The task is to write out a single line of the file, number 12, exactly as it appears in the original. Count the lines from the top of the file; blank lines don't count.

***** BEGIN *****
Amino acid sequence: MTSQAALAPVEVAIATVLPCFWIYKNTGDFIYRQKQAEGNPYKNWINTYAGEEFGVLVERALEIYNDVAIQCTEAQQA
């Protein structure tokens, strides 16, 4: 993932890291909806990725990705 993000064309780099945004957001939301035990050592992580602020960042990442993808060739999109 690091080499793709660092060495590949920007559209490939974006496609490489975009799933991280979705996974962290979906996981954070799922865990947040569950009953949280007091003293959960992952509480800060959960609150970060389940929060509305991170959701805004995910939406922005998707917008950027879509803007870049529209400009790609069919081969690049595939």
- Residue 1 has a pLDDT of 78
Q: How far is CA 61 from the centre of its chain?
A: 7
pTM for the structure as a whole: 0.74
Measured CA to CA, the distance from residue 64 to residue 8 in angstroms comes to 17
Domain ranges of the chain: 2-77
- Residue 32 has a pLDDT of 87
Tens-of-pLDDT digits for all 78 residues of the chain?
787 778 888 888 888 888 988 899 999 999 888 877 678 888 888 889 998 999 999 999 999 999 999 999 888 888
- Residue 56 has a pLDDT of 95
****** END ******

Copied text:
- Residue 56 has a pLDDT of 95